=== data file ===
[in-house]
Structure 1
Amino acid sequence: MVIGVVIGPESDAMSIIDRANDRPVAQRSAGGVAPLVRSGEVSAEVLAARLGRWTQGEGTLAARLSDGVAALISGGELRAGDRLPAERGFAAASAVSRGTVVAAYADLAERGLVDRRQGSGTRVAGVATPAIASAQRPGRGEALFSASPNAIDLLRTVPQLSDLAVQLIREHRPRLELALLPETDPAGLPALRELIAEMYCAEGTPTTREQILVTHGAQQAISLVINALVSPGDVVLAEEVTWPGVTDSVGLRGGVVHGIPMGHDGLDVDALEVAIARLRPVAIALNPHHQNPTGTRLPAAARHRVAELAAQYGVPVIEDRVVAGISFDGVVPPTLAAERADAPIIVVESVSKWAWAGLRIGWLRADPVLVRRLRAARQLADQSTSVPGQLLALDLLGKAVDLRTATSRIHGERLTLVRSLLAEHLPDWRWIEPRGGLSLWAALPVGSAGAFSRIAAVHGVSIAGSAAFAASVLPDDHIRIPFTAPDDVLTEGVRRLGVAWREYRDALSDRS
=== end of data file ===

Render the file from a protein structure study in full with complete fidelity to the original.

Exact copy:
[in-house]
Structure 1
Amino acid sequence: MVIGVVIGPESDAMSIIDRANDRPVAQRSAGGVAPLVRSGEVSAEVLAARLGRWTQGEGTLAARLSDGVAALISGGELRAGDRLPAERGFAAASAVSRGTVVAAYADLAERGLVDRRQGSGTRVAGVATPAIASAQRPGRGEALFSASPNAIDLLRTVPQLSDLAVQLIREHRPRLELALLPETDPAGLPALRELIAEMYCAEGTPTTREQILVTHGAQQAISLVINALVSPGDVVLAEEVTWPGVTDSVGLRGGVVHGIPMGHDGLDVDALEVAIARLRPVAIALNPHHQNPTGTRLPAAARHRVAELAAQYGVPVIEDRVVAGISFDGVVPPTLAAERADAPIIVVESVSKWAWAGLRIGWLRADPVLVRRLRAARQLADQSTSVPGQLLALDLLGKAVDLRTATSRIHGERLTLVRSLLAEHLPDWRWIEPRGGLSLWAALPVGSAGAFSRIAAVHGVSIAGSAAFAASVLPDDHIRIPFTAPDDVLTEGVRRLGVAWREYRDALSDRS